Ender's Shadow explores the stars in this all-new novel...
At the end of Shadow of the Giant, Bean flees to the stars with three of his children--the three who share the engineered genes that gave him both hyper-intelligence and a short, cruel physical life. The time dilation granted by the speed of their travel gives Earth's scientists generations to seek a cure, to no avail. In time, they are forgotten--a fading ansible signal speaking of events lost to Earth's history. But the Delphikis are about to make a discovery that will let them save themselves, and perhaps all of humanity in days to come.
For there in space before them lies a derelict Formic colony ship. Aboard it, they will find both death and wonders--the life support that is failing on their own ship, room to grow, and labs in which to explore their own genetic anomaly and the mysterious disease that killed the ship's colony.
Shadows in Flight is the fifth novel in Orson Scott Card's Shadow Series.
THE ENDER UNIVERSE
Ender’s Game / Speaker for the Dead / Xenocide / Children of the Mind / Ender in Exile / Children of the Fleet
Ender’s Shadow series
Ender’s Shadow / Shadow of the Hegemon / Shadow Puppets / Shadow of the Giant / Shadows in Flight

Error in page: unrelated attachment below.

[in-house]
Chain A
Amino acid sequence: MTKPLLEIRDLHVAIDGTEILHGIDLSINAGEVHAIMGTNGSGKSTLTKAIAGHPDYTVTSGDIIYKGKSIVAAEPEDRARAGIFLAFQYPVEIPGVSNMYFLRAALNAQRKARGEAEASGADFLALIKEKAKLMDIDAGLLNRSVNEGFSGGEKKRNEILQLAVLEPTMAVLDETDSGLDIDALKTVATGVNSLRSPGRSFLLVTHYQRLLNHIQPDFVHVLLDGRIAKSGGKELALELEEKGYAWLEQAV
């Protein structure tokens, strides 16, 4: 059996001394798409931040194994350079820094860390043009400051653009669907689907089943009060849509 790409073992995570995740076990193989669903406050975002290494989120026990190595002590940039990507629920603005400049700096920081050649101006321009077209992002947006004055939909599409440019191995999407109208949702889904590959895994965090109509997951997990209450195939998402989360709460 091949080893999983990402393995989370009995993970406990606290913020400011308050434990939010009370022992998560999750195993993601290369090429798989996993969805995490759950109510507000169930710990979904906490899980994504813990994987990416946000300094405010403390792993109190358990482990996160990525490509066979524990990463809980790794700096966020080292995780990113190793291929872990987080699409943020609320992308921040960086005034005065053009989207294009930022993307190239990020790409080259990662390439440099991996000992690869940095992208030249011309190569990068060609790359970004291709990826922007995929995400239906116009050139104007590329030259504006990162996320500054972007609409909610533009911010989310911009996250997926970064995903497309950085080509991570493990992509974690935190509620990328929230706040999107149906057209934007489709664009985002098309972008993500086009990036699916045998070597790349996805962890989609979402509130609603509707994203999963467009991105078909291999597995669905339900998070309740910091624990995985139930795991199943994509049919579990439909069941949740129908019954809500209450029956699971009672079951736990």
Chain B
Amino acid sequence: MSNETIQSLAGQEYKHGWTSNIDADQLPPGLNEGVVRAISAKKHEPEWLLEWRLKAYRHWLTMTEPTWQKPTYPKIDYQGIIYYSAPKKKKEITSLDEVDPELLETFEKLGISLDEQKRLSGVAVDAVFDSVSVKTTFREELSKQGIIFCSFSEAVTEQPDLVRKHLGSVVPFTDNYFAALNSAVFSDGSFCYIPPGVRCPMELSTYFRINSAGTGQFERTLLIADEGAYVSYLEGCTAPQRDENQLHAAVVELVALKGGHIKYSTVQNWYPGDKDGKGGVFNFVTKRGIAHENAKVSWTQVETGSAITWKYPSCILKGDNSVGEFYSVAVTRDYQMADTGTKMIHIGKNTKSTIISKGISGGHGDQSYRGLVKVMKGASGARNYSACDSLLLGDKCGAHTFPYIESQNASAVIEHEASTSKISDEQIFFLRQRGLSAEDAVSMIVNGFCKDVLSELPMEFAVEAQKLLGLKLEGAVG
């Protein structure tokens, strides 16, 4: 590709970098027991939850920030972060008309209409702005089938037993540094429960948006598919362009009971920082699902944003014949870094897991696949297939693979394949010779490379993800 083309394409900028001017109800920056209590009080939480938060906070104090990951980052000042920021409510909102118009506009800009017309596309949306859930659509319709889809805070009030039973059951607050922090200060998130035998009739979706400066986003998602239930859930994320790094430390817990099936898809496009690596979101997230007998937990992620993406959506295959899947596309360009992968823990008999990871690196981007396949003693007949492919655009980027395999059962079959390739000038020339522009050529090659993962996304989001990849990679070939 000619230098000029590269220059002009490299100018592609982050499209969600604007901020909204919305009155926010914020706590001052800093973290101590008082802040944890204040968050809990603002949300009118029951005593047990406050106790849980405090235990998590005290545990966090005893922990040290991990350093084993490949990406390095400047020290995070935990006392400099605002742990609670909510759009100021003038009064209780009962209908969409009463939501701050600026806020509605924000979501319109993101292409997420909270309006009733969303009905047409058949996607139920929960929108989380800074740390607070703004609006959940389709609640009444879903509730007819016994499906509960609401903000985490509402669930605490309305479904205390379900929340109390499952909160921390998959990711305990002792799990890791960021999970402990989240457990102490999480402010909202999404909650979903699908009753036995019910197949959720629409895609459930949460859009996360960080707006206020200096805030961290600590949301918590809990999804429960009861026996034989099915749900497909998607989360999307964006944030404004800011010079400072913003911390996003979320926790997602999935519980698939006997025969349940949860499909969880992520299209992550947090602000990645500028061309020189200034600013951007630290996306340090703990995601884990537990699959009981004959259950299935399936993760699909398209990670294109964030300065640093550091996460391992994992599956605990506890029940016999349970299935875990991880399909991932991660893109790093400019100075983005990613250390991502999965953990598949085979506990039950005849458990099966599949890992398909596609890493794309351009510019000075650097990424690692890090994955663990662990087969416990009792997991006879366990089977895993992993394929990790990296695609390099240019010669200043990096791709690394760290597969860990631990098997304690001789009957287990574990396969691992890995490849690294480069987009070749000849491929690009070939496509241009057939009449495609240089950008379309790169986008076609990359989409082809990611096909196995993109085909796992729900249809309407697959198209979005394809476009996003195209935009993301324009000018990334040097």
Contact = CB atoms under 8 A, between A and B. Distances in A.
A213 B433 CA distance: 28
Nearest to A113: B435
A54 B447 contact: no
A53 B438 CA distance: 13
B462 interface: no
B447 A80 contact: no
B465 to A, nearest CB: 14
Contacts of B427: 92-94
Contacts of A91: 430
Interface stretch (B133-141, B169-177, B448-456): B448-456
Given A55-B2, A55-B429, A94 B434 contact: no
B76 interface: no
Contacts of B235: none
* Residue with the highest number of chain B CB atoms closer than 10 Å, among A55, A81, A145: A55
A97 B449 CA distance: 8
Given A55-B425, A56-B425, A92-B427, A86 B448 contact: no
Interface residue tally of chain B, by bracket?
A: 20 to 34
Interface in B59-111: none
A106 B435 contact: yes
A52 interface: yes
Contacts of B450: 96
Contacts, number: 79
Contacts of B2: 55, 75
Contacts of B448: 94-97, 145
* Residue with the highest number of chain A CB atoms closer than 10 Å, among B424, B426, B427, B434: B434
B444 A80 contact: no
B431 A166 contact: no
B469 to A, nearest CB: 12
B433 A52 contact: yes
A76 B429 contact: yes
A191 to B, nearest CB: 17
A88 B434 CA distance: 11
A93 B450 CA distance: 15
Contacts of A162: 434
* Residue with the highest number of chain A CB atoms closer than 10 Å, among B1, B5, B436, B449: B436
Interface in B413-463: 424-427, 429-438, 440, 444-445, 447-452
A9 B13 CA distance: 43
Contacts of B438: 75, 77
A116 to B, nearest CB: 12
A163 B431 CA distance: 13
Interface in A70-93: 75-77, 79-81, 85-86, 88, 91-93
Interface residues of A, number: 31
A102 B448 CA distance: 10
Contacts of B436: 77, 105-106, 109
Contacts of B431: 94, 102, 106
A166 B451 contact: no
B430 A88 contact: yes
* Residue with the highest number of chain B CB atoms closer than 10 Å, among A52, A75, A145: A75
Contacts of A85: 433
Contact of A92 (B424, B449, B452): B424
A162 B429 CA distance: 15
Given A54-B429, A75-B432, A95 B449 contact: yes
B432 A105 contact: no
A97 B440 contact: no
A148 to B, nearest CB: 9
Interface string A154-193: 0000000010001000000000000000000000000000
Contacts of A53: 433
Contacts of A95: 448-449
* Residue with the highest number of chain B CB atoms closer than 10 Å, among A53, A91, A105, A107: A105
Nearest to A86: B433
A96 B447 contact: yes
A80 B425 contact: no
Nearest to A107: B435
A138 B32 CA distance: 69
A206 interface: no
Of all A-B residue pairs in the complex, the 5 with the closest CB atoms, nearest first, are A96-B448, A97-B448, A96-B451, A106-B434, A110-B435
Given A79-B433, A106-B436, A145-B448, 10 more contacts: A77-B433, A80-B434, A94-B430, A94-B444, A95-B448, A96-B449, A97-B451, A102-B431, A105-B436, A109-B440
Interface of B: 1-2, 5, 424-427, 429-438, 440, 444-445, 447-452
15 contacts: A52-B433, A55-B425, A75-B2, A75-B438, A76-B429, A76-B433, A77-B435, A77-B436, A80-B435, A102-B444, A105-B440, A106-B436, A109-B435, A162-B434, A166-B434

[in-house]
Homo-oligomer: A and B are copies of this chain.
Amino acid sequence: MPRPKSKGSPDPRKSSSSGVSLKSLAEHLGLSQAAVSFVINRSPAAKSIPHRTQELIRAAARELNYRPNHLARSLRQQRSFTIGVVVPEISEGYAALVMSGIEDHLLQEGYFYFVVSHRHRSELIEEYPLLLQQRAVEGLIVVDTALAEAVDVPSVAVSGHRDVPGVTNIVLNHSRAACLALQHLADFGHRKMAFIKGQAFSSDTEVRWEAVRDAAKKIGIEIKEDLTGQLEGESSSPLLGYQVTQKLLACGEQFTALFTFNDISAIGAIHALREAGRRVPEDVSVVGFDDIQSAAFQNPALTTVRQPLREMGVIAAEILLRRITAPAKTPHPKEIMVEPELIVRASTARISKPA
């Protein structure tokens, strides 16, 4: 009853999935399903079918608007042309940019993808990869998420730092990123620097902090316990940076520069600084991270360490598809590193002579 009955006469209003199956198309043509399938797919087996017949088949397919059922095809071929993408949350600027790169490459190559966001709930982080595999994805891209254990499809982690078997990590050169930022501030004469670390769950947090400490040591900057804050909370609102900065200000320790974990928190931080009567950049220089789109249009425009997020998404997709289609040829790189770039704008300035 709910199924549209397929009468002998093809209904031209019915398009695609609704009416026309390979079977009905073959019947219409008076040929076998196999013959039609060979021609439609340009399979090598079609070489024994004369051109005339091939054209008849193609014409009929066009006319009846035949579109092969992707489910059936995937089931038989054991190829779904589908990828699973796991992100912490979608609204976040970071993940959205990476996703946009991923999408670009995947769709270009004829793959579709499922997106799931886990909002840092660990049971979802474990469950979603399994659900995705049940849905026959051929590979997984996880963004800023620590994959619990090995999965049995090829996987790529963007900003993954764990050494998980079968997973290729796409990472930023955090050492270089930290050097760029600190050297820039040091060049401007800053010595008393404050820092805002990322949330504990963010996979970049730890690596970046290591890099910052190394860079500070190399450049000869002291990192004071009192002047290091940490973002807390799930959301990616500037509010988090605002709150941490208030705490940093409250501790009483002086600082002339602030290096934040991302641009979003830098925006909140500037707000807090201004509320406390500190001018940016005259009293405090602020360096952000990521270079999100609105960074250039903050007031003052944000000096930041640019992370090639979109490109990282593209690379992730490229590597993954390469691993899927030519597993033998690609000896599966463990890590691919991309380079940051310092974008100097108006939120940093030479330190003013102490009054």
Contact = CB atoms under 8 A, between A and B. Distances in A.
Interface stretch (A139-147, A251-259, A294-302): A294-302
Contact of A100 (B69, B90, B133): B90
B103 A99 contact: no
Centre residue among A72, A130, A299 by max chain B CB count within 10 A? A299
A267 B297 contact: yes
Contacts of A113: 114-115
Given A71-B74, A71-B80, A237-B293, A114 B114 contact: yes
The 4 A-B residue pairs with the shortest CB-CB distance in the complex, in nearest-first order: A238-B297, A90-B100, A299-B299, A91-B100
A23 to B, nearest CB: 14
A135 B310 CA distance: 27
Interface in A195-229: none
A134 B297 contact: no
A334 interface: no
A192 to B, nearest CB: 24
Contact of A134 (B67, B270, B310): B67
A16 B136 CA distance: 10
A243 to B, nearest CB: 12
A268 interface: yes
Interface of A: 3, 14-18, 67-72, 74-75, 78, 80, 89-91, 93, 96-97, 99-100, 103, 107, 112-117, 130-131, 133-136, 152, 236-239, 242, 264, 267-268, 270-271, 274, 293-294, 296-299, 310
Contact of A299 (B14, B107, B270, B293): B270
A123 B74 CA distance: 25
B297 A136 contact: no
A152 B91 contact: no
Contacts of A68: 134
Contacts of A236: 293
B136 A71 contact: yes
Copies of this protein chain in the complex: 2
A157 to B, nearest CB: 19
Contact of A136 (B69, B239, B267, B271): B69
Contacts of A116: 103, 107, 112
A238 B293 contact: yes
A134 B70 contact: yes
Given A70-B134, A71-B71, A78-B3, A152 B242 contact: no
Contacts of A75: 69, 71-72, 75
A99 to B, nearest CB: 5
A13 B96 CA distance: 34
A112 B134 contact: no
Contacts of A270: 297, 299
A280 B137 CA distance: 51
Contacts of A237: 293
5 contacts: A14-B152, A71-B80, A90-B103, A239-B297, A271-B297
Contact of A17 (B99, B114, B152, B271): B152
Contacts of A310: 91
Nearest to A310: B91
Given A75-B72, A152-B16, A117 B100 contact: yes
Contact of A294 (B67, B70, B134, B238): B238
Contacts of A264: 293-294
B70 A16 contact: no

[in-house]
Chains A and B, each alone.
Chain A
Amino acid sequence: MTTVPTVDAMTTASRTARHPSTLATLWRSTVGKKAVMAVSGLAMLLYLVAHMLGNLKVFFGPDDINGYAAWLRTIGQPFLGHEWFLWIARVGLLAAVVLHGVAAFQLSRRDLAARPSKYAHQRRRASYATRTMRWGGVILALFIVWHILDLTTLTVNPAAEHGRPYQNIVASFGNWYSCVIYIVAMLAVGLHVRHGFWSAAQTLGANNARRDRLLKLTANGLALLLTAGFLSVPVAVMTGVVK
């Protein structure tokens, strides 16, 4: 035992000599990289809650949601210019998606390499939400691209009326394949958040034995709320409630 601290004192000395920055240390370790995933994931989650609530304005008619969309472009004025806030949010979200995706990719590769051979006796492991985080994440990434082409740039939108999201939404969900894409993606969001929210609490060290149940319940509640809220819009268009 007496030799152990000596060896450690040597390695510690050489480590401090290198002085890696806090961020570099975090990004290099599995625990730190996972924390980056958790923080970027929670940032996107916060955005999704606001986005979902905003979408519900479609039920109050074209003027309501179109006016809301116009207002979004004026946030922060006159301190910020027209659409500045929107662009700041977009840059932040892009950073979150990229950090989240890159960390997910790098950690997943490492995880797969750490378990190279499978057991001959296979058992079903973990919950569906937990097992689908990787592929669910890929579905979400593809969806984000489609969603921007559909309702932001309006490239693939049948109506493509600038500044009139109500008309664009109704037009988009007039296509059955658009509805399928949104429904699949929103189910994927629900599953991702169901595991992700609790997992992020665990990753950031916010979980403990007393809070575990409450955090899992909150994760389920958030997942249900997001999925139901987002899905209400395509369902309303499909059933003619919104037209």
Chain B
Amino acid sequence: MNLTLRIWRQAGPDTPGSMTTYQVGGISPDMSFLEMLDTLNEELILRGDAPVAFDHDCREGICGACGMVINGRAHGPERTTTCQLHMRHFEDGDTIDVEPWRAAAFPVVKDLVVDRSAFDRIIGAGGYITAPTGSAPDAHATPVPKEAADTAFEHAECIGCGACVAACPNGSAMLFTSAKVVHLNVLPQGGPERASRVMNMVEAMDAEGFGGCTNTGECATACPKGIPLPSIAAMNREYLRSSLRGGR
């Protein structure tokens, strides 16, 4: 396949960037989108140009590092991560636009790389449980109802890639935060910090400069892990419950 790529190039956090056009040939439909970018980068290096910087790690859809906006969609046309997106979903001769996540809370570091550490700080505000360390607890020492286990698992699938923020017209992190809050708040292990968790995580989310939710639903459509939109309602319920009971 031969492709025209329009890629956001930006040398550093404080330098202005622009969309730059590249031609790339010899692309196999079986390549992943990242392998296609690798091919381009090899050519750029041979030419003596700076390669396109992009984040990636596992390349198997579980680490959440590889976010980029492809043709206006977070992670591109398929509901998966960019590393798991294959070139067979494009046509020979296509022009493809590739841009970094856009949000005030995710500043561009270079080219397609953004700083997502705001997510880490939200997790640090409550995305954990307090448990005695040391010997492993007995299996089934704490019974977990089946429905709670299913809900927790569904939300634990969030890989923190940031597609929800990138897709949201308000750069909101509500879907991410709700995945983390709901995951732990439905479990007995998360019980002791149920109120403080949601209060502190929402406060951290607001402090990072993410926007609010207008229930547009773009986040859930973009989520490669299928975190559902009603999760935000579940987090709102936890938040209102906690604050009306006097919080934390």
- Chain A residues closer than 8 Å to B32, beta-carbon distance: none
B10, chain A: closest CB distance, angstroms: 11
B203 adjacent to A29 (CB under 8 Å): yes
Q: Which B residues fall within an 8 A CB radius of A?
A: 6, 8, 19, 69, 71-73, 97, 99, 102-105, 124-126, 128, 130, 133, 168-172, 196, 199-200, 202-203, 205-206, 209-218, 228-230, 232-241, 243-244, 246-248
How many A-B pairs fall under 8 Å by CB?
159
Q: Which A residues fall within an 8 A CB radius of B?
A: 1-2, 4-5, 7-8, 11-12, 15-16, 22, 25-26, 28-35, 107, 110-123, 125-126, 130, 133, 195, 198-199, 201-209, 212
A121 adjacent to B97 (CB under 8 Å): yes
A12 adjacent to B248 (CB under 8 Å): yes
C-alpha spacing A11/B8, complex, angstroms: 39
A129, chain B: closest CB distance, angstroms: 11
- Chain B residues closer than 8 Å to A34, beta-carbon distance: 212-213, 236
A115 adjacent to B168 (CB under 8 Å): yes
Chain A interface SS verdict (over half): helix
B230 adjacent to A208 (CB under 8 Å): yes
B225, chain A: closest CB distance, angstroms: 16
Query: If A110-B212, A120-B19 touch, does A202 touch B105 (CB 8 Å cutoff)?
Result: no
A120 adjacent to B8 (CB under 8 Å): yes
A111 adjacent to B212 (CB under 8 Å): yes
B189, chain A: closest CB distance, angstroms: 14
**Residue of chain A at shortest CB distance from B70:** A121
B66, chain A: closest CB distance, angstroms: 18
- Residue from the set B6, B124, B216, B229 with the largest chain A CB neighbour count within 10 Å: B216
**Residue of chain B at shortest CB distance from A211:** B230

The First Formic War (with Aaron Johnston)
Earth Unaware / Earth Afire / Earth Awakens
The Second Formic War (with Aaron Johnston)
The Swarm / The Hive
A War of Gifts / First Meetings
At the Publisher's request, this title is being sold without Digital Rights Management Software (DRM) applied.
Card's fifth novel narrated by Julian "Bean" Delphiki (after Shadow of the Giant) mingles transcendent strangeness and didacticism. On a spaceship cut off from the rest of civilization, Julian is raising his three remarkable children, doomed to die young by the engineered genes that also make them inhumanly brilliant. Triplets Cincinnatus, Carlotta, and Ender (named for Bean's old classmate) are only six years old and already smarter than nearly any adult, but just as emotionally immature as any children. Bean tries setting them up as an incestuously reproducing super-race who will be parents at age eight and dead at 22, but when an unidentified alien ship appears, the children eagerly embrace a less depressing way to prove themselves. Bean's endless lectures make him appear a mouthpiece for the author; his children's snarky resentment of being talked down to will similarly ring true for readers.